ence. aptitude do not guarantee
that someone will have die “right
stuff’ for a particular job. I have
seen more than a few highly quali
fied persons fail and also witness
ed the success of people who
didn’t appear to have the “right
Often, wc arc also wrong when
we judge our own competence for
doing a job, particularly a job that
God wants us to do. In concluding
that we are not the right person for
the job helping another person,
working against injustice, speak
ing out for a righteous cause,
heading up a project reason is
usually on our side. We don’t have
the experience, the education, or
the personality that seems to be re
This was the response of Moses
at the burning bush experience
when God said to him, “Come, I
will send you to Pharaoh that you
may bring forth my people... out
of Egypt” (3:10). Up to that point,
it must have been a fascinating ex
perience; a bush that burned but
was "not consumed," a heavenly
voice speaking from it, the discov
ery that this was the God of Abra
ham, Isaac and Jacob, the Lord’s
farm productive and competitive
in the 21st Century.
To Tell The Story
Farmers Recycle
Farmers do recycle. For
decades, they have been feeding
by-products and food waste.
Examples include soybean oil
meal, distillers grains, bakery
waste, cannery waste, cottonseed,
candy, etc.
More recently, newspapers and
phone books have been ending up
under cows as bedding. Some far
mers are receiving leaves and app
lying them to fields or using them
as a source of carbon for
These are examples of how far
mers are working with communi
ties to solve waste disposal prob
lems. We need to remind people of
the importance of farms in helping
to maintain a healthy environment.
Feather Prof s Footnote:
"When you are out of quality, you
are out of business."
assurance that he has “seen the af
fliction of my people who are in
Egypt” and the promise that “I
have come down to deliver them
out.. . and to bring them out of
that land to a good and broad land
.. . flowing with milk and honey
. . (1;7,B).
But then the Lord added.
“Come, I will send you to Pharaoh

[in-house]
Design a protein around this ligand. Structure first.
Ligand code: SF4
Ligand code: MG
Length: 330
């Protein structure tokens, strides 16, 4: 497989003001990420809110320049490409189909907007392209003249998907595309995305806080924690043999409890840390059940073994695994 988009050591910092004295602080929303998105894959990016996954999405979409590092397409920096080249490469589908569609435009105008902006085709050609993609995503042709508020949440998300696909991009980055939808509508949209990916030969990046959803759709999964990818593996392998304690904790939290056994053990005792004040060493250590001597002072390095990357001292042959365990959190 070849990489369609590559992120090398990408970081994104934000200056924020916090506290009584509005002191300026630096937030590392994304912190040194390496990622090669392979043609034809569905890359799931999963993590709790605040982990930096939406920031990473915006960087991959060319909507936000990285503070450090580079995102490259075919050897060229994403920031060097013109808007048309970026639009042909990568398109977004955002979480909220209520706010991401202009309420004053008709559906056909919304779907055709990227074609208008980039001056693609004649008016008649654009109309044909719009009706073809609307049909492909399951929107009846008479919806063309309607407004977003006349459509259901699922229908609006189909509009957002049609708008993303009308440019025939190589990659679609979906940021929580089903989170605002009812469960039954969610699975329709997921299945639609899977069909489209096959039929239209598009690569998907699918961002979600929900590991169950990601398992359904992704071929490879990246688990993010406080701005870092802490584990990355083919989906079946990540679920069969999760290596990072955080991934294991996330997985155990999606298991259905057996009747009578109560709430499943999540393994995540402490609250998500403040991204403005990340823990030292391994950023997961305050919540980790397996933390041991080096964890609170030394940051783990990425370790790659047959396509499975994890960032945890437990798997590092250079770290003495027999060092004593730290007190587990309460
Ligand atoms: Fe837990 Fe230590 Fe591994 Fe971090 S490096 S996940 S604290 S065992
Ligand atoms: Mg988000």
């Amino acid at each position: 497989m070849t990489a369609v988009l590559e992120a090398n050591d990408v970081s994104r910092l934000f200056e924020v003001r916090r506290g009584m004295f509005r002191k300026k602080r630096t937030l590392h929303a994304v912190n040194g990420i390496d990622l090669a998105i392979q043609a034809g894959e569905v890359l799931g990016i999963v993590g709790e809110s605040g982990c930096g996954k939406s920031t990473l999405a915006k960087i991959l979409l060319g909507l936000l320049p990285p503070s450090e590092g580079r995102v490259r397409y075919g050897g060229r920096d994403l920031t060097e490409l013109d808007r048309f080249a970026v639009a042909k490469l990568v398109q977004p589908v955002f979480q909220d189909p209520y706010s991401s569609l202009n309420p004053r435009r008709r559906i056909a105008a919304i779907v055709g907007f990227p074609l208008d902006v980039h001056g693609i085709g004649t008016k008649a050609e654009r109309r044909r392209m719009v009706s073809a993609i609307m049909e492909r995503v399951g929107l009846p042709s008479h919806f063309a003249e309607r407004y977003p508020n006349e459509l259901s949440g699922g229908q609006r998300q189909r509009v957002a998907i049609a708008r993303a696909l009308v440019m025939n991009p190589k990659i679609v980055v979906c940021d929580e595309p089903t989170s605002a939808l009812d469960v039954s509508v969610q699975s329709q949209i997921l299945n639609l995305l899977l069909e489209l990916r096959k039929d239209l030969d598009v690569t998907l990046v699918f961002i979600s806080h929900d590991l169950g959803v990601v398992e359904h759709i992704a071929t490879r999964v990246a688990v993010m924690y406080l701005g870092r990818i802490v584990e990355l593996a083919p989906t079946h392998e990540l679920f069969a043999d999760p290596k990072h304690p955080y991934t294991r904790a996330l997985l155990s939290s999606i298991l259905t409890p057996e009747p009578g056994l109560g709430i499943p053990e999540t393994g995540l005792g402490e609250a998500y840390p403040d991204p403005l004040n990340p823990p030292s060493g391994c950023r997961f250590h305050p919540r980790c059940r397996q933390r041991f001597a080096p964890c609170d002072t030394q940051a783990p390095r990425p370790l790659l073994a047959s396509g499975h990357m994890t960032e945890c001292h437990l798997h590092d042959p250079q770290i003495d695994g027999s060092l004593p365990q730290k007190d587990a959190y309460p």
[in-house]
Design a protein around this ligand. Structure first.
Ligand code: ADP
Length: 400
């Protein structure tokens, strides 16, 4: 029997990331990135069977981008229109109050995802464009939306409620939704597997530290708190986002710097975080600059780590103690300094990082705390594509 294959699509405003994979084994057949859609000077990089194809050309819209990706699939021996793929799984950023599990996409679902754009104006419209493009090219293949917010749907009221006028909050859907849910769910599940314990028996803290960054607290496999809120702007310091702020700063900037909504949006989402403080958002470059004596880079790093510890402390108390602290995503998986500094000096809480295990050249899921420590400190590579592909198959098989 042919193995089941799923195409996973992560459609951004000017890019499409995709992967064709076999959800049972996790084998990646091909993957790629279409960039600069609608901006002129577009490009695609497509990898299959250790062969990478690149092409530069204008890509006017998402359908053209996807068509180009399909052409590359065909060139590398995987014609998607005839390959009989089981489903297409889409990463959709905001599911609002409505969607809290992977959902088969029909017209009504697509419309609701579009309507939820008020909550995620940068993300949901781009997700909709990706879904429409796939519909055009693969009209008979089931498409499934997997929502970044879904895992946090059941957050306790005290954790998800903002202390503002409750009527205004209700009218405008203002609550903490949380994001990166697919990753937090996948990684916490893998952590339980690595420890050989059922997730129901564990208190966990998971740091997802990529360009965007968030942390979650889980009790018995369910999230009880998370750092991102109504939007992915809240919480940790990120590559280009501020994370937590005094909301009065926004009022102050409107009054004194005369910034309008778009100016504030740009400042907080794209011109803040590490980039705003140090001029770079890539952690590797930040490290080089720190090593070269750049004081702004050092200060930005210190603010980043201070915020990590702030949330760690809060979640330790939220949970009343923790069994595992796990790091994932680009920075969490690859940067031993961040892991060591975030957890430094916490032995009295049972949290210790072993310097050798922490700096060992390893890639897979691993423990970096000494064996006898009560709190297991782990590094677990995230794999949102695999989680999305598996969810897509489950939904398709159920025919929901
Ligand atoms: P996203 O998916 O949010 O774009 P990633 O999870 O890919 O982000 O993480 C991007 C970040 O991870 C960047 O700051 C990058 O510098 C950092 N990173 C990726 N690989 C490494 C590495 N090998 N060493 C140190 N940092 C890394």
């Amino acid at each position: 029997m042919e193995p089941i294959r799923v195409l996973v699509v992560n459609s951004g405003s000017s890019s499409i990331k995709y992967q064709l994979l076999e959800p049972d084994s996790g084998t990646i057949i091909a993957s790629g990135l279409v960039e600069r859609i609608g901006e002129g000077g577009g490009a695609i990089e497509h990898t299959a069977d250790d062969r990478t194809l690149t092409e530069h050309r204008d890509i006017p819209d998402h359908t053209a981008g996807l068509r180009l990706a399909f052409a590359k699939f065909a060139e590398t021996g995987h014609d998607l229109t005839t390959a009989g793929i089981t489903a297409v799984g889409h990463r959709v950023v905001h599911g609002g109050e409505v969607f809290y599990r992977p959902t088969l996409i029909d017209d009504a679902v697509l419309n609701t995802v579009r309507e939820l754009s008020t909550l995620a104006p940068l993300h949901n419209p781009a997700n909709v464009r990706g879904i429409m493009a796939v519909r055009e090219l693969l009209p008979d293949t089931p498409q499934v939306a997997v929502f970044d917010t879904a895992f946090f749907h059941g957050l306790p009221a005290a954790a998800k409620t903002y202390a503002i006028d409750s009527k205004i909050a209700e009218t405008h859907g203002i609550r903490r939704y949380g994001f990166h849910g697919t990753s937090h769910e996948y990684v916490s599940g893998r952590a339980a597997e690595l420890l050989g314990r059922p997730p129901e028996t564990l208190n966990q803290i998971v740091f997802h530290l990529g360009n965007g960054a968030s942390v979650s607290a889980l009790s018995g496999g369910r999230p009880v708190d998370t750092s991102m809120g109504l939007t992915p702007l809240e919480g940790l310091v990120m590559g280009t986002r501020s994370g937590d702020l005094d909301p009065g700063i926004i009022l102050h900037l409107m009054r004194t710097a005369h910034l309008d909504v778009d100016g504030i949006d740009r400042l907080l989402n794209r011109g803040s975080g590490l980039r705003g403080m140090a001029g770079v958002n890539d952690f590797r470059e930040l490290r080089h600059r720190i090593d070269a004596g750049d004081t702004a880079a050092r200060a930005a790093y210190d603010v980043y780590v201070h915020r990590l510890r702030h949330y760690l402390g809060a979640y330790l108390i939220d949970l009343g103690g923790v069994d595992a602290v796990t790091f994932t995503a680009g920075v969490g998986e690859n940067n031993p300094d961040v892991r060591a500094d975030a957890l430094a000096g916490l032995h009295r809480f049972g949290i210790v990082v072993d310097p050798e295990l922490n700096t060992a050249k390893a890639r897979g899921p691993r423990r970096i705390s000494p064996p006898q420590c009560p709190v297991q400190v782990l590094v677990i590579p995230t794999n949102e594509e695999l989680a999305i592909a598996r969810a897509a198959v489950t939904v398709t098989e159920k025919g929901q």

.. and Moses had a reality at
tack. Suddenly he was consumed
with logic: “Who am I that I
should go to Pharaoh, and bring
the sons of Israel out of Egypt?”
(1:10). Let’s be fair, Moses was
right Logically he was the wrong
choice for this job: the people of
Israel would not accept him be
cause of his Egyptian background
and he was a fugitive from the
Pharaoh’s law. Clearly, he did not
have “the right stuff.”
Moses was both right and
wrong. His objection was a good
one, as far as it went But, if he
didn’t have “the right stuff, God
did. “But I will be with you,” God
assures him (1:12). Moses was
right, he was not adequate, but
God was. “And this shall be a sign
for you, that I have sent y0u...”
The most important factor here is
not Moses’ inadequacy, but that
God is sending him.
Moses, like any rational person,
raised three more objections. First,
if he goes to the Israelites in God’s
name and they ask who this God
is, “what shall I say to them?”
Second, they will not believe that
God has sent him. And third, “Oh,
my Lord, 1 am not eloquent ...
but I am slow of speech and
longue” three excellent reasons
why Moses should insist that God
has the wrong person for this task.
Yet,. God meets each of these
inadequacies with his even more
powerful adequacy. He will pro
vide Moses with the power and the
words he needs so that his purpose
will be accomplished through
Moses. Thus, Moses, the inexperi
enced, inadequate, unprepared
runaway convict will have “the
right stuff.”
And we will too.
Lancaster Farming
Established 1955
Published Every Saturday
Ephrata Review Building
1 E. Main St
Ephrata, PA 17522
Lancaster Farming, Inc.
A SMhmin BUmprim
Robert G. Campbell General Manager
Evans a Nammwnger Menacing Edtor
Copyright ISS4 by UneaMer Farming